Patek Philippe introduced its first in-house integrated chronograph Caliber CH 29-535 PS in a ladies’ watch, the Ref. 7071, in 2009. The movement appeared in a men’s watch the following year, again in 2012 as the base for a split-seconds chronograph with a perpetual calendar, and in 2015 as a split-seconds without the perpetual calendar. But the movement will forever be remembered as the ladies’ chronograph. That first model is now discontinued in favor of a completely redesigned ladies’ chronograph, the Patek Philippe Ref. 7150/250R-00, a sportier version of the 7071.
The 7071 had a cushion shaped case and round dial with diamonds set into the corners between the dial and case; the new one, Ref. 7150, is round, with the addition of a pulsometer, and instead of Roman numerals and markers, it has applied Arabic numerals. It could be a men’s watch. The only thing that identifies it as a ladies’ watch is the diamond-set bezel, and, I guess, the size. It is 38mm by 10.59mm thick. The 7071 was discontinued last year, and I’m sure I’m not the only one who regrets not buying one.
That being said, I would trade the original ladies’ chrono in for the new one in a heartbeat. It’s a more classic Patek, with the rounded case. No matter how much I liked the 7071 with its round dial in a cushion shaped case, I couldn’t help but think of the Vacheron Constantin Harmony Chronograph. There is no such similarity with the new Patek Philippe Ref. 7050. It is pure Patek. It is also still very much a ladies’ watch, even with the pulsometer, which gives it a vintage look that I like. And it not only adds a function, but gives the watch a more technical feel even if you don’t use that function. That means something when you are wearing a watch made by a brand famous for its technical excellence. I also prefer the Arabic font, which is the same as on the ladies’ Travel Time Reference 4864, even though my normal preference is for Roman numerals, as on the 7071. There are fewer diamonds on the new 7150 and they are placed on the bezel rather than the shoulders, as in the 7071. The bezel setting is more classic, and although I like the placement on the 7071, it makes it more of a niche piece. The new one is likely to better retain its value.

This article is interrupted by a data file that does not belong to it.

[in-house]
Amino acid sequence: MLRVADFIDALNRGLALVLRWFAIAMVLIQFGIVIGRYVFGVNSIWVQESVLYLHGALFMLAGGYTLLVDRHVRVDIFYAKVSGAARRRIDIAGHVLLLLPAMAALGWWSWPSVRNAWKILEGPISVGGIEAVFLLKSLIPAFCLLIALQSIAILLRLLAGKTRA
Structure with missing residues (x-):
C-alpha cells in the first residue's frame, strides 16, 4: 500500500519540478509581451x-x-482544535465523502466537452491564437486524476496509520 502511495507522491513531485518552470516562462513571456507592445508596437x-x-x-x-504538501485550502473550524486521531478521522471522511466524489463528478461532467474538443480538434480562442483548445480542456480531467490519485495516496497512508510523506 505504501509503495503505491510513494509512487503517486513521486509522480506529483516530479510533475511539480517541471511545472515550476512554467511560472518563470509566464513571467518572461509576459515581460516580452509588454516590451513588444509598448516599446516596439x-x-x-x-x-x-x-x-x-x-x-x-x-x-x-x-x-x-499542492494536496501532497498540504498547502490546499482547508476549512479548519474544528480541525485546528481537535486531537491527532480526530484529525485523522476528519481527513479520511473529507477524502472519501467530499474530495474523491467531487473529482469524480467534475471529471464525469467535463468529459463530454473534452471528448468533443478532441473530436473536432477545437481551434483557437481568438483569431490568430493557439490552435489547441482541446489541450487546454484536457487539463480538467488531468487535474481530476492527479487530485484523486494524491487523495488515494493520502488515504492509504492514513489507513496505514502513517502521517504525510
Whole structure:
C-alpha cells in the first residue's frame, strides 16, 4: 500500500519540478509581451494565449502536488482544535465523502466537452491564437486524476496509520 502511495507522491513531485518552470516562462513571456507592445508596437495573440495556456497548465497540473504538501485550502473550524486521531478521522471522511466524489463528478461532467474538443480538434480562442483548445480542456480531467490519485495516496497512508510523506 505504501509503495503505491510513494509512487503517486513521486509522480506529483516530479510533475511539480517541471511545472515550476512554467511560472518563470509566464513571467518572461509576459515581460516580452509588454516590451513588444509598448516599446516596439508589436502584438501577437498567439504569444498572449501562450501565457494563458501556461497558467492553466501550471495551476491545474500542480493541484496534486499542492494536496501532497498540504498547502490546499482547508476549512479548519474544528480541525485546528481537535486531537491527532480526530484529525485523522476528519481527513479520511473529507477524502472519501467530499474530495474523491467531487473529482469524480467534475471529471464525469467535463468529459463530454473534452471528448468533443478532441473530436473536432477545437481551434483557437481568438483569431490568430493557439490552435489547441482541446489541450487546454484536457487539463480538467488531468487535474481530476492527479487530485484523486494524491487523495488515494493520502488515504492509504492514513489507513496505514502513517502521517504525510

The movement is the same. The manual-wound Caliber CH 29-535 PS has six patented innovations that represented incremental improvements on the chronograph. Briefly, they are: 1. The profiles of the teeth on the wheels of the gear train were optimized to eliminate any lingering jump in the chronograph start/stop functions. 2. A refinement of the column wheel cap makes regulating the movement easier and more precise. 3. An improvement of the blocking lever renders the blocking/braking function simpler, faster, and more precise. 4. A new component to facilitate instantaneous minute register means that when the chrono is stopped and started again, there is not even a split-second delay, nor is there any perceptible jumping of the hand. 5. A re-fabrication of the hammers that set the seconds counters back to zero makes them self-adjusting, totally eliminating the need for adjustment by a watchmaker. 6. The hammers are held in place by two jewels rather than a post, so they operate more smoothly and precisely, and require less adjustment.
There are also innovations dedicated exclusively to the rattrapante function. When lap times are stopped, a newly designed isolator uncouples the split-seconds wheel from the chronograph wheel to eliminate unwanted friction and prevent a degradation of balance amplitude while the split-seconds hand is immobilized. A split-seconds lever with a ruby roller between two flat heart cam shoulders keeps the chronograph and split-seconds hands precisely aligned. As I mentioned, these are all just incremental improvements by a brand that has the means and the expertise to tweak every little detail of a movement, elevating from the level of really good to really great.
The bezel of the new model is set with 72 diamonds totaling 0.78 carat. Vintage details include fluted strap lugs, round guilloched pushers, a box-style sapphire crystal, and a pulsometer, which is a function of vintage chronographs. It is water-resistant to 30m. This watch is priced at $83,920 USD. patek.com